The world of work is changing. According to the Office of National Statistics, the amount of people regularly working from home has risen to 4.2 million in the last decade, and it’s expected that half of the UK’s workforce will be working remotely by 2020. With these fundamental changes taking place to our working practices, it’s no wonder that there has been a huge surge in businesses using collaboration technologies, such as Skype for Business.
Skype was the first company to become synonymous with online collaboration, but when it first hit the mainstream everyone knew that it wasn’t enterprise grade. Yes – it was great for a long-distance call with a Granny in Australia – but you couldn’t risk the call quality dropping when talking to a customer. This all changed when Microsoft announced that Skype for Business would replace Lync in 2015. Since then it has become famed for its excellent presence, screen sharing, and other features than natively integrate with Microsoft productivity apps, Outlook contacts and calendars as well as with more fundamental infrastructure services like Active Directory.
Skype for Business is now a popular and successful UC platform, but it’s not been without issues. As a standalone product, Skype for Business Enterprise is a fantastic collaboration tool, but it misses the enterprise grade PBX telephony functionality that people need. The fusion of telephony and Skype for Business has to start at the Cloud level. Without the integration of a telephone system, Skype for Business can’t deliver a truly unified communications experience.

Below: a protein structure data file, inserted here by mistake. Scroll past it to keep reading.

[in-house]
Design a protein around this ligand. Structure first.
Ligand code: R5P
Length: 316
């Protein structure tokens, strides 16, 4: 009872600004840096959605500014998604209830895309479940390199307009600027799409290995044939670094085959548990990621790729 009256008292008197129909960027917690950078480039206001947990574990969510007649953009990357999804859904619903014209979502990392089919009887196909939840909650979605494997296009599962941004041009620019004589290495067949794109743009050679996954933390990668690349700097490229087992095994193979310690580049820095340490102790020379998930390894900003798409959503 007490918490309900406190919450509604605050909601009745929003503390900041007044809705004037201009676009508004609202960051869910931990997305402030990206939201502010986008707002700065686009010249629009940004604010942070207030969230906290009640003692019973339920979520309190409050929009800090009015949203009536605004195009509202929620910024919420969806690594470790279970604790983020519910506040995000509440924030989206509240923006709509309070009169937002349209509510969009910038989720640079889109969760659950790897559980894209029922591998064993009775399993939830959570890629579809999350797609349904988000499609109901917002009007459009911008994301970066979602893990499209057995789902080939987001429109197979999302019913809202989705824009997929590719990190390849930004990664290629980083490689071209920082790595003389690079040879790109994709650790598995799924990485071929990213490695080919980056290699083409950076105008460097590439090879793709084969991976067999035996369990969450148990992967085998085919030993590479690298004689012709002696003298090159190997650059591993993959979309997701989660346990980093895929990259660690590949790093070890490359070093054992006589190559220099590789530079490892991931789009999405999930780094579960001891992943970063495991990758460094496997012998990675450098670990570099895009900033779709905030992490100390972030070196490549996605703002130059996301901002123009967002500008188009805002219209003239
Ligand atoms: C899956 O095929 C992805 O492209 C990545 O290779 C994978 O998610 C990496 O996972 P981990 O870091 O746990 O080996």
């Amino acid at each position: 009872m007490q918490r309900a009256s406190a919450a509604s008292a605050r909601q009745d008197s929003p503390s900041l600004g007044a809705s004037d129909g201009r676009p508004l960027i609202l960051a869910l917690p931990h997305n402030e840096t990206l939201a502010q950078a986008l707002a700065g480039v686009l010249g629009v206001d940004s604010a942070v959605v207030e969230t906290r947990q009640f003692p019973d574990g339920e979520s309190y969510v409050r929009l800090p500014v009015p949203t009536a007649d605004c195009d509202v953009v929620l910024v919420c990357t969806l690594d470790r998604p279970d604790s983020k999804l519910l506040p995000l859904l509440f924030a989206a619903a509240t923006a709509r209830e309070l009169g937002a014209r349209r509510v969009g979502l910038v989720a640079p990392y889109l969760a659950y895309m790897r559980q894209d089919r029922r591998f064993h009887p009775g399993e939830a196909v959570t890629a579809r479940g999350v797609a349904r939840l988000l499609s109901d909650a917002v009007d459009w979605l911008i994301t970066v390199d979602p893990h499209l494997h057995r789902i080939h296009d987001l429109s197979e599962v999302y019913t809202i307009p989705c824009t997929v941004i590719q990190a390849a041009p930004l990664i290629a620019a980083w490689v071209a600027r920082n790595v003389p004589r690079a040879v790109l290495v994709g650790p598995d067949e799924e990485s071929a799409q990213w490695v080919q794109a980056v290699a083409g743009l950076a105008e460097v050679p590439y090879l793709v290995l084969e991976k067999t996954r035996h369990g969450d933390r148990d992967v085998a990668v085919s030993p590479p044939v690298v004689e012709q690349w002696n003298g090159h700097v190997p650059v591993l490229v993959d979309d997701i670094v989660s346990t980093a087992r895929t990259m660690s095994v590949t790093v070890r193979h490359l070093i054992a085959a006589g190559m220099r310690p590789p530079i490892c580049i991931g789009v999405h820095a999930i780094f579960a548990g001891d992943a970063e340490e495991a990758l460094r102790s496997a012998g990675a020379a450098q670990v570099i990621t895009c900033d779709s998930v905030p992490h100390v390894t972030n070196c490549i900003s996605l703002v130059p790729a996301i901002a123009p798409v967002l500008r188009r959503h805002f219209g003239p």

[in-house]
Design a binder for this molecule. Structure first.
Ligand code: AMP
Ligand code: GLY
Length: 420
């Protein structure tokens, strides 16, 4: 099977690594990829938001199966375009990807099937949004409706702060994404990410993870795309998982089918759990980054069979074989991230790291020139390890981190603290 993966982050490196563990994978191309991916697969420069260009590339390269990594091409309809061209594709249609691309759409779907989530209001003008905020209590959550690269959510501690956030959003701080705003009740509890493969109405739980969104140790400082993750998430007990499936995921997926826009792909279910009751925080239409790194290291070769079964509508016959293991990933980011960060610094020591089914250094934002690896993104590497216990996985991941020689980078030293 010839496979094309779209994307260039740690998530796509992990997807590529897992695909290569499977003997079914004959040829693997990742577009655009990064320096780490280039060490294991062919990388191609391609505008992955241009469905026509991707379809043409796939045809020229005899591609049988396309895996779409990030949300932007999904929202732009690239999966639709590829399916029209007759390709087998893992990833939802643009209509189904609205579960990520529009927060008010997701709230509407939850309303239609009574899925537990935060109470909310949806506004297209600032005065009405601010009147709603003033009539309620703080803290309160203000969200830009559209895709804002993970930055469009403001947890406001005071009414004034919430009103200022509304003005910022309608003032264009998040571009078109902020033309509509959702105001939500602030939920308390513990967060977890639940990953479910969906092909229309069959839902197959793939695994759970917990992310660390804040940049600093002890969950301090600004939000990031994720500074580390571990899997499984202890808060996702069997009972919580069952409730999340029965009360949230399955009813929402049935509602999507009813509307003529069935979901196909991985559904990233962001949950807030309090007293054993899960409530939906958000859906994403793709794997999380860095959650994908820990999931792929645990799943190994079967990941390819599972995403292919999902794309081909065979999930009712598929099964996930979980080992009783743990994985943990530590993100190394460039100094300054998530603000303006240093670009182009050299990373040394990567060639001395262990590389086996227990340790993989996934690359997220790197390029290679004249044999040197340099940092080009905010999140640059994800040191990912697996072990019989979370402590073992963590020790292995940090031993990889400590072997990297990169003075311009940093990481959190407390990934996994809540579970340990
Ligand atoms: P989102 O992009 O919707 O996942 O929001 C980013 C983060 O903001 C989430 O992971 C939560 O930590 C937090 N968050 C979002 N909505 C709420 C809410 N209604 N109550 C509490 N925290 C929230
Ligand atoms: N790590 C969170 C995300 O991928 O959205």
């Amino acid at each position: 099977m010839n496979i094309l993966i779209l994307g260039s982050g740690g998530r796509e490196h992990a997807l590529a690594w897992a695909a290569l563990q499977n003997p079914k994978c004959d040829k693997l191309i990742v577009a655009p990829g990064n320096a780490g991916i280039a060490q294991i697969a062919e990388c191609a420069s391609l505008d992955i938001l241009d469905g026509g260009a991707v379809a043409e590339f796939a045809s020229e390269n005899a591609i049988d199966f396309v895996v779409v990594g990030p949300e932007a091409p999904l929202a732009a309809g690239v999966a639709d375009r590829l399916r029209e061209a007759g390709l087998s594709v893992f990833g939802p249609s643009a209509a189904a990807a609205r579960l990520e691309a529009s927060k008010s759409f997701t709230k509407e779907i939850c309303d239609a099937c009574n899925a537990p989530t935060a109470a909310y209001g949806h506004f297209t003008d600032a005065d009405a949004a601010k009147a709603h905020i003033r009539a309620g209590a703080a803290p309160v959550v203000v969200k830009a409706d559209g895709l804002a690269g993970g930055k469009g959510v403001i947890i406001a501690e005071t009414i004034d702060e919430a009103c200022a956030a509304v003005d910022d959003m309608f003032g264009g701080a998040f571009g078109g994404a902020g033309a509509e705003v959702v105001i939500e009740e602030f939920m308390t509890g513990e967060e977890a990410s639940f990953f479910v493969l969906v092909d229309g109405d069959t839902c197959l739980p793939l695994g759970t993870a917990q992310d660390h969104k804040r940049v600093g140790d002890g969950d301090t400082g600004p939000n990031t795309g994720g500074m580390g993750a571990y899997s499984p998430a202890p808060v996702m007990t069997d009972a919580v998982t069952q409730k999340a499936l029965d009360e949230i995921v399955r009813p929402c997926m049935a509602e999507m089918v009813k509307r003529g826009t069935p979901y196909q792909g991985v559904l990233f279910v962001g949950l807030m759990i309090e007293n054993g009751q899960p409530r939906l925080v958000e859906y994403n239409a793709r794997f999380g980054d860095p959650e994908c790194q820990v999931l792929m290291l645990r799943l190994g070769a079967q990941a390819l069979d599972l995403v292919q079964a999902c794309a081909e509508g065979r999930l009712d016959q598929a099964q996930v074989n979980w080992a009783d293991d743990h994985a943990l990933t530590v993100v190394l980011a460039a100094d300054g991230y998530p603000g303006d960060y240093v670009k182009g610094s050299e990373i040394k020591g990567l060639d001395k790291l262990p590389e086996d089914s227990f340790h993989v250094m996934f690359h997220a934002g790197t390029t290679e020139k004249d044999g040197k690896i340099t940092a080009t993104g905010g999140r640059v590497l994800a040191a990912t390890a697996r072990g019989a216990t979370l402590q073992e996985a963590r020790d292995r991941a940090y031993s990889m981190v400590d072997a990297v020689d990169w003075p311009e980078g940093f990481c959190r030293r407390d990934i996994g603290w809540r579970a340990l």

However, there is a perception that it remains incredibly difficult to integrate with an enterprise grade telephony platform. I would like to bust these myths one by one:
Skype for Business is being canned: This is simply not true. There may be integration with Teams in the long-term, but that doesn’t mean the product will disappear. At the Ignite conference, Microsoft confirmed it would continue to support the Skype for Business server and that a brand-new server will be released in the second half of this year. Also, if you are using a hosted supplier, you can continue using Skype for Business indefinitely.
Clever SIP integration turns Skype for Business into a phone system: Again, this is totally inaccurate. No amount of clever SIP wizardry is going to cook up enterprise PBX features such as call transfer, conferencing, call waiting, group pick-up, IVRs and queues.
App-level integration of Skype for Business and third-party PBX licenses is ‘business grade’: Another misnomer. Hiring a software developer to handle the necessary integration sounds good in principle, yet it can be a costly nightmare in practice. Consider the development costs, plus the cost of third-party licenses, not to mention the risks of failure, rollout delays and a compromised user experience that sits outside the familiar Skype for Business interface.
You must buy Skype for Business licenses for every phone user, regardless of whether they need the full UC service: This is a common misconception. The fact is not all phone users are necessarily Skype for Business users; most organisations have hybrid requirements. Yet customers and partners find it close to impossible to avoid this highly expensive and wasteful procurement approach in order to integrate enterprise PBX capabilities with Skype for Business.
Myles Leach is the Managing Director of NFON UK.